So this time, we are building an enclosed area for them.

The lower fence is made of small, native bamboo (“bulo”), about 2 to 3 feet high. Then used fish nets up to the roof. The roof is made of cogon. All native materials except the fish nets.

We have one evening caretaker, Fernando. He works making charcoal in our farm, removing low-lying branches, extra branches, fallen trees and branches. That's mainly his day time job. He's very industrious. He would visit his family in the barrio by late afternoon and go back to the farm by evening.

In the evening, he either rests, or hunt fish and wild frogs in the nearby creek using electrical current. This will be his viand in the farm, the extra he will bring to his family.

Stuck in the farm

Monday last week, I brought some materials to the farm, drove my pick-up, tagged along my wife and daughter. The trip was fine, cloudy skies but no rain, we reached our caretakers’ house in the barrio, still a few kilometers from the farm.

We went to the farm, the dirtroad in the neighboring farm was a bit slippery because it rained the previous day. Going down a bit to our farm, it indeed looked slippery plus the sky was getting darker, but I thought we’ll just drop a few heavy materials – used wood, galvanized iron, etc. for our organic chicken farm – so I went ahead. It was big mistake. A very big mistake, in fact.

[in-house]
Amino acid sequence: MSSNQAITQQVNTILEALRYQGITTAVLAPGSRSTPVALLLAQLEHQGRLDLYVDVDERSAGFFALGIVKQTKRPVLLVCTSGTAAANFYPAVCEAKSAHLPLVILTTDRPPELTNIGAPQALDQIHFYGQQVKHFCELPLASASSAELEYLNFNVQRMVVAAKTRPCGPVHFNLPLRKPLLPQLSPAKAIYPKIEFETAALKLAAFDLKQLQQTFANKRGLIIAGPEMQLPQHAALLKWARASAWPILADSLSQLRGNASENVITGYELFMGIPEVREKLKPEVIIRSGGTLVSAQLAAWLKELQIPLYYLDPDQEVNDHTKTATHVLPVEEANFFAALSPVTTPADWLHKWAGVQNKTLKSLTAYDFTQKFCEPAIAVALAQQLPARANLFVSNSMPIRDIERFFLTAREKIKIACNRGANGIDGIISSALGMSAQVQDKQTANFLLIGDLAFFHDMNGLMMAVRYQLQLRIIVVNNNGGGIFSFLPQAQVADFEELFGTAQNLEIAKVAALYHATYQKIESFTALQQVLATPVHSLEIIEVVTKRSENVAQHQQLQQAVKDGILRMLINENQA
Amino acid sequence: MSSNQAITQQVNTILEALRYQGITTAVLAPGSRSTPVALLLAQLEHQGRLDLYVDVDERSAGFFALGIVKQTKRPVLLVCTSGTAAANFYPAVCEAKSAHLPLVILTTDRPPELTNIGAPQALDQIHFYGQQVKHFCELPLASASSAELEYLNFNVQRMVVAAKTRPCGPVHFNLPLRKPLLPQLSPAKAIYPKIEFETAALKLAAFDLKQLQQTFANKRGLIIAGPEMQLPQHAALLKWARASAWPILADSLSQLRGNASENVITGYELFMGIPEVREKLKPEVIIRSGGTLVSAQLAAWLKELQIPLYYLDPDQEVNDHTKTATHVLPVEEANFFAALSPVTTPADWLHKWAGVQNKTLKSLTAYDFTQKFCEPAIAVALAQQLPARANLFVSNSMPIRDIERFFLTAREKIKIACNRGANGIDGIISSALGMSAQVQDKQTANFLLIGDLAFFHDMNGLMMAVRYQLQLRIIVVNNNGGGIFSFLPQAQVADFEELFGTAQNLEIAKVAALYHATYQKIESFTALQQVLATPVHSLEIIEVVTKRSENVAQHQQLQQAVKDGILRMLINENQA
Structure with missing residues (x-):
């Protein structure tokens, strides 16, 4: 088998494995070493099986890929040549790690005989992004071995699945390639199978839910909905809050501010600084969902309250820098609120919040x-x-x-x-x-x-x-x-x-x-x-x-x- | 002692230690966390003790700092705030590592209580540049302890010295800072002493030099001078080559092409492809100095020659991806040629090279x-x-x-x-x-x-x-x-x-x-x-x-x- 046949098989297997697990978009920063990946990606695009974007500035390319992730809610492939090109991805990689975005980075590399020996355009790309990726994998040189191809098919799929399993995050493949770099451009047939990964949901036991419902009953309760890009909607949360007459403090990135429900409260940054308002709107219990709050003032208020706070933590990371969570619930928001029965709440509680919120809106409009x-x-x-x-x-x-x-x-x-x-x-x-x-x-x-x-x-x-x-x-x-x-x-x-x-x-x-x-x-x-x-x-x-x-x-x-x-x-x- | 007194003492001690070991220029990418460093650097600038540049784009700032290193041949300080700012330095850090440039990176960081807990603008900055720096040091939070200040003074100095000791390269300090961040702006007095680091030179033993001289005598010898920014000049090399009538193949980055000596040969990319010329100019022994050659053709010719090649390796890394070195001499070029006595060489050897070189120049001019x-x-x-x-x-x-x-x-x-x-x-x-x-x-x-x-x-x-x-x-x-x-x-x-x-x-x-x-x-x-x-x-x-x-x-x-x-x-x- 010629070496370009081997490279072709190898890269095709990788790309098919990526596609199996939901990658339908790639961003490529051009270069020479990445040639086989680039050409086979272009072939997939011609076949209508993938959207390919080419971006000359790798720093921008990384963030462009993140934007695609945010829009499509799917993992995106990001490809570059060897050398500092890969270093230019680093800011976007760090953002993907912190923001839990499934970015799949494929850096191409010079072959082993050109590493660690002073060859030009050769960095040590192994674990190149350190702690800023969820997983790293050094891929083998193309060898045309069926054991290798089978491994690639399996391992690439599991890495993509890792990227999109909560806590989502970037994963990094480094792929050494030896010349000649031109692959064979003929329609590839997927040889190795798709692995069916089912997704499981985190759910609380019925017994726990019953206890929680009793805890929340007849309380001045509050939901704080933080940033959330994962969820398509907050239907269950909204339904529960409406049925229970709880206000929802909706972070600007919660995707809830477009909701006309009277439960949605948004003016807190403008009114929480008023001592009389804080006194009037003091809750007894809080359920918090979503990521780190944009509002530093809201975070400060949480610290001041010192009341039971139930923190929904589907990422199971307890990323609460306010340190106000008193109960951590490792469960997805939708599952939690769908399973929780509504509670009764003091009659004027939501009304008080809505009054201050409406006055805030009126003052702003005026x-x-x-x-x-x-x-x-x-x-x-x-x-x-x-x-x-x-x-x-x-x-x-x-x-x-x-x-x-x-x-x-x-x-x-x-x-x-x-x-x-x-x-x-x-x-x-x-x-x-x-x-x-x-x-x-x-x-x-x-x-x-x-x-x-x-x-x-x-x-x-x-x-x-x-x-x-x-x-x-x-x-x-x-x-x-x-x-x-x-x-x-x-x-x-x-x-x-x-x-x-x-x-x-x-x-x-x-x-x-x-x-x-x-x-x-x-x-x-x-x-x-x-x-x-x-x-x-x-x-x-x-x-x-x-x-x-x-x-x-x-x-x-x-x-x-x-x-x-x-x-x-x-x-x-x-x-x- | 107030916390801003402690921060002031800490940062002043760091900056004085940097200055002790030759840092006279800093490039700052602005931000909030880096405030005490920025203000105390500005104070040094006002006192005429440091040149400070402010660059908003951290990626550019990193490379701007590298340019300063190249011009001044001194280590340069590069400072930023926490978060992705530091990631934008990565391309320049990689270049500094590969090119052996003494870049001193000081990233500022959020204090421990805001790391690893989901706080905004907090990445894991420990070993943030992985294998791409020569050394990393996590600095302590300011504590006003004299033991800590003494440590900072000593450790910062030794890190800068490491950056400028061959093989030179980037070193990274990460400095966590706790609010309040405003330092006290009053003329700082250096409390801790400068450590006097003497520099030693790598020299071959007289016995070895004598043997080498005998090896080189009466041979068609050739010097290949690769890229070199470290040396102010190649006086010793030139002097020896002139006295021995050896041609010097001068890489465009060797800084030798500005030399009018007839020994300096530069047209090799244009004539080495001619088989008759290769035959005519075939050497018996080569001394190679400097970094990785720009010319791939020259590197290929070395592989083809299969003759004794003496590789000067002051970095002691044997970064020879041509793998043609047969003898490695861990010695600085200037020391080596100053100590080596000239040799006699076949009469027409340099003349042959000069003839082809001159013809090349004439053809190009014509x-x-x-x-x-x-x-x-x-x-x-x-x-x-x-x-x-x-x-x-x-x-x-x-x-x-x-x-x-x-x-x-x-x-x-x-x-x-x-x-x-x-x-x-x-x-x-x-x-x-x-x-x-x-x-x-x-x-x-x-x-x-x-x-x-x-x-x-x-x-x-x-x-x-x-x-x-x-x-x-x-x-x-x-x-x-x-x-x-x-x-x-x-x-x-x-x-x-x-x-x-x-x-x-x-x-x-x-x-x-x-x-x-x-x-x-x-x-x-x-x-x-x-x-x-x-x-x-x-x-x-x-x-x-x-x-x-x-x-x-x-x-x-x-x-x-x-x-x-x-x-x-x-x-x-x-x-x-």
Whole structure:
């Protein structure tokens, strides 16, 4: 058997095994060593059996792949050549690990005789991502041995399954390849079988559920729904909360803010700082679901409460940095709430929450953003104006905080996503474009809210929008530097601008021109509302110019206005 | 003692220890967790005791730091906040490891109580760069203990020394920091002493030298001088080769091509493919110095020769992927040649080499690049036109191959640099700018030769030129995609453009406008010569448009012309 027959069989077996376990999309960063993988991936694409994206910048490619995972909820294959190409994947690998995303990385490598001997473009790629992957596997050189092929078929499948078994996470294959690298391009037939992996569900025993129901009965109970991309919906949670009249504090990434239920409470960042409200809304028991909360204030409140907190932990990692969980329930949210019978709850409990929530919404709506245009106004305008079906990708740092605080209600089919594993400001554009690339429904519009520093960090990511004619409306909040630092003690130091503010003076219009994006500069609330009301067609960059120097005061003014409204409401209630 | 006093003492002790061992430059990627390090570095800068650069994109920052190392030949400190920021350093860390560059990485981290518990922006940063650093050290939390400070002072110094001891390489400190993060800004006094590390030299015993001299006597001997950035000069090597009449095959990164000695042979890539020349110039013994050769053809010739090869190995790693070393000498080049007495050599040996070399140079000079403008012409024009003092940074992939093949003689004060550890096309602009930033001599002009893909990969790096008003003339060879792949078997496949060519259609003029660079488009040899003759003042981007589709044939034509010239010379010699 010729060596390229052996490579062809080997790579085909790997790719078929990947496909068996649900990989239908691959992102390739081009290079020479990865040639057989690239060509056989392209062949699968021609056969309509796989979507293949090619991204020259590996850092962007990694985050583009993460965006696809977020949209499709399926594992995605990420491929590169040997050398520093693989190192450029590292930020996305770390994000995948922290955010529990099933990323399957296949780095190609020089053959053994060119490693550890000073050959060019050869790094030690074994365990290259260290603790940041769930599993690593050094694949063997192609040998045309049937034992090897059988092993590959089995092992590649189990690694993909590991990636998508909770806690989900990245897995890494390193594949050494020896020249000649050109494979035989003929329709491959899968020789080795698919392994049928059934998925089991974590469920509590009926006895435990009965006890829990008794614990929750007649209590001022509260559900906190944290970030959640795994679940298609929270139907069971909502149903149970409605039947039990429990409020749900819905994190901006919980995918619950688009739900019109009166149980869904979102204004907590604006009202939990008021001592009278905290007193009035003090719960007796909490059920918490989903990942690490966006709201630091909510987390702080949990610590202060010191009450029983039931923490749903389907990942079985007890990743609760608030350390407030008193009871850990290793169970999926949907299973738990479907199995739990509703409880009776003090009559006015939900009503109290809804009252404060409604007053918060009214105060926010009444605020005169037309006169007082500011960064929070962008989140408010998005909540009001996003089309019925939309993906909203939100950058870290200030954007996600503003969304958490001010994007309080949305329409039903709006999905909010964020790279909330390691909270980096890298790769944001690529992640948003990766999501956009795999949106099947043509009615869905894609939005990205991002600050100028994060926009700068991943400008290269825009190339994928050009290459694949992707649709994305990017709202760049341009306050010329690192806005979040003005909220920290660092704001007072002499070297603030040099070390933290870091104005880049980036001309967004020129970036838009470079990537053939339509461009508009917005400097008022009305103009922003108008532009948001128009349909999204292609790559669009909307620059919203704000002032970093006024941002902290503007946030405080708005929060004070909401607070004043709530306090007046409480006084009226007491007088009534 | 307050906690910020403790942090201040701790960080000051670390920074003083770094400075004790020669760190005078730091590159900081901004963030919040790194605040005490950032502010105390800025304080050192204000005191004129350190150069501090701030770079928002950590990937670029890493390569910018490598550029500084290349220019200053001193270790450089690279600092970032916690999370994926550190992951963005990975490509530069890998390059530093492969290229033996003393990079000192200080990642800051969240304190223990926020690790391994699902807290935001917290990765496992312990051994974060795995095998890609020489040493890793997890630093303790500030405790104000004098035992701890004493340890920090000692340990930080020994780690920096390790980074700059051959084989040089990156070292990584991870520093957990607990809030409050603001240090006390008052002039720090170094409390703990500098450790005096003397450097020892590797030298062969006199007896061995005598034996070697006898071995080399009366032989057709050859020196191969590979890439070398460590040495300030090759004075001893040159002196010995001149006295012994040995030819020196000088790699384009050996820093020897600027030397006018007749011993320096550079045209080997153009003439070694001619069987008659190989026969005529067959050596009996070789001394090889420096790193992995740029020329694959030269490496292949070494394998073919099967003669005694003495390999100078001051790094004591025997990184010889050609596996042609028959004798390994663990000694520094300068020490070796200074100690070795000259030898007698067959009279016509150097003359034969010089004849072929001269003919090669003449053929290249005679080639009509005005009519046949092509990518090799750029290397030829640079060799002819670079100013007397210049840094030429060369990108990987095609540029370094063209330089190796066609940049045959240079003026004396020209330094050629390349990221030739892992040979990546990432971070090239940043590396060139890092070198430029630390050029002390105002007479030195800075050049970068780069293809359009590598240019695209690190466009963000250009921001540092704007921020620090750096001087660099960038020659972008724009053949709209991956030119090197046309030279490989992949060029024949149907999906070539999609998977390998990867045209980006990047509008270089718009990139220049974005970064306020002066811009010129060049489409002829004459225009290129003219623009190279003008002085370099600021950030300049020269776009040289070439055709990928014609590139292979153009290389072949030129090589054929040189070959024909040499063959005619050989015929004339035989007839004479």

As soon as we unloaded the heavy materials, rainshowers started falling, the dirtroad up was more slippery then I thought. In short, my pick-up got stuck in the mud!

Our 2 caretakers were there to help, but their muscle or body weight (to add weight to the rear wheel as my pick-up isn’t 4wd, just 2 rear wheels moving. They called upon 2 other men nearby, 4 men – and still not enough. By then, the showers became a downpour.

After more than an hour of vain attempts, they called in more men from the barrio. After more than an hour, 5 other men came, they brought 4 steel platforms where the rear wheels can “step” on. It now looks a bit like “people power” to push my pick-up up on a slippery road.

Were they strong enough? Or were they heavy enough if they stand at the back of the pick-up to add more weight for the rear wheels to work?